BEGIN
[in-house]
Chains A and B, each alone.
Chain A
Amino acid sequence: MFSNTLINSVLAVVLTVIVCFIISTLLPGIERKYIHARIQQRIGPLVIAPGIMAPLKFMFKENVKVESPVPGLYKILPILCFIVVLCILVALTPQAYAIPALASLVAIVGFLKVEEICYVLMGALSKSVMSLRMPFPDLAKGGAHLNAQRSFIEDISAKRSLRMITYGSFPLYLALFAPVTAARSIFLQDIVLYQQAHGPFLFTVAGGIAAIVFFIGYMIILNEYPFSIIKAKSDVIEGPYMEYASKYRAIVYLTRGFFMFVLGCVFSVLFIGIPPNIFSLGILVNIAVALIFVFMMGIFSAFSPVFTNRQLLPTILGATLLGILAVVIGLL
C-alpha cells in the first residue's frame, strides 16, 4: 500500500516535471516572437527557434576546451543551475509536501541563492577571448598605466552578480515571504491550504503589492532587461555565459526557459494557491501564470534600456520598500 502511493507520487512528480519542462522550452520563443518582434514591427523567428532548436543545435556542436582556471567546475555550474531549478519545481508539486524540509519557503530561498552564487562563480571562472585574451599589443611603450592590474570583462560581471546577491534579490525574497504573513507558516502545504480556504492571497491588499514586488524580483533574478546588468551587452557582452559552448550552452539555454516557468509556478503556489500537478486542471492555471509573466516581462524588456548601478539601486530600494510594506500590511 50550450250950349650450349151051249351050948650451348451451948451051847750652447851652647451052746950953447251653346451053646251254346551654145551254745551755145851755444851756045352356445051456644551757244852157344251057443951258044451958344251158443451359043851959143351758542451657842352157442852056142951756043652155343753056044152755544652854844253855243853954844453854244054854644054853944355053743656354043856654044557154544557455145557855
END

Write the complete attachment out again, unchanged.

[in-house]
Chains A and B, each alone.
Chain A
Amino acid sequence: MFSNTLINSVLAVVLTVIVCFIISTLLPGIERKYIHARIQQRIGPLVIAPGIMAPLKFMFKENVKVESPVPGLYKILPILCFIVVLCILVALTPQAYAIPALASLVAIVGFLKVEEICYVLMGALSKSVMSLRMPFPDLAKGGAHLNAQRSFIEDISAKRSLRMITYGSFPLYLALFAPVTAARSIFLQDIVLYQQAHGPFLFTVAGGIAAIVFFIGYMIILNEYPFSIIKAKSDVIEGPYMEYASKYRAIVYLTRGFFMFVLGCVFSVLFIGIPPNIFSLGILVNIAVALIFVFMMGIFSAFSPVFTNRQLLPTILGATLLGILAVVIGLL
C-alpha cells in the first residue's frame, strides 16, 4: 500500500516535471516572437527557434576546451543551475509536501541563492577571448598605466552578480515571504491550504503589492532587461555565459526557459494557491501564470534600456520598500 502511493507520487512528480519542462522550452520563443518582434514591427523567428532548436543545435556542436582556471567546475555550474531549478519545481508539486524540509519557503530561498552564487562563480571562472585574451599589443611603450592590474570583462560581471546577491534579490525574497504573513507558516502545504480556504492571497491588499514586488524580483533574478546588468551587452557582452559552448550552452539555454516557468509556478503556489500537478486542471492555471509573466516581462524588456548601478539601486530600494510594506500590511 50550450250950349650450349151051249351050948650451348451451948451051847750652447851652647451052746950953447251653346451053646251254346551654145551254745551755145851755444851756045352356445051456644551757244852157344251057443951258044451958344251158443451359043851959143351758542451657842352157442852056142951756043652155343753056044152755544652854844253855243853954844453854244054854644054853944355053743656354043856654044557154544557455145557855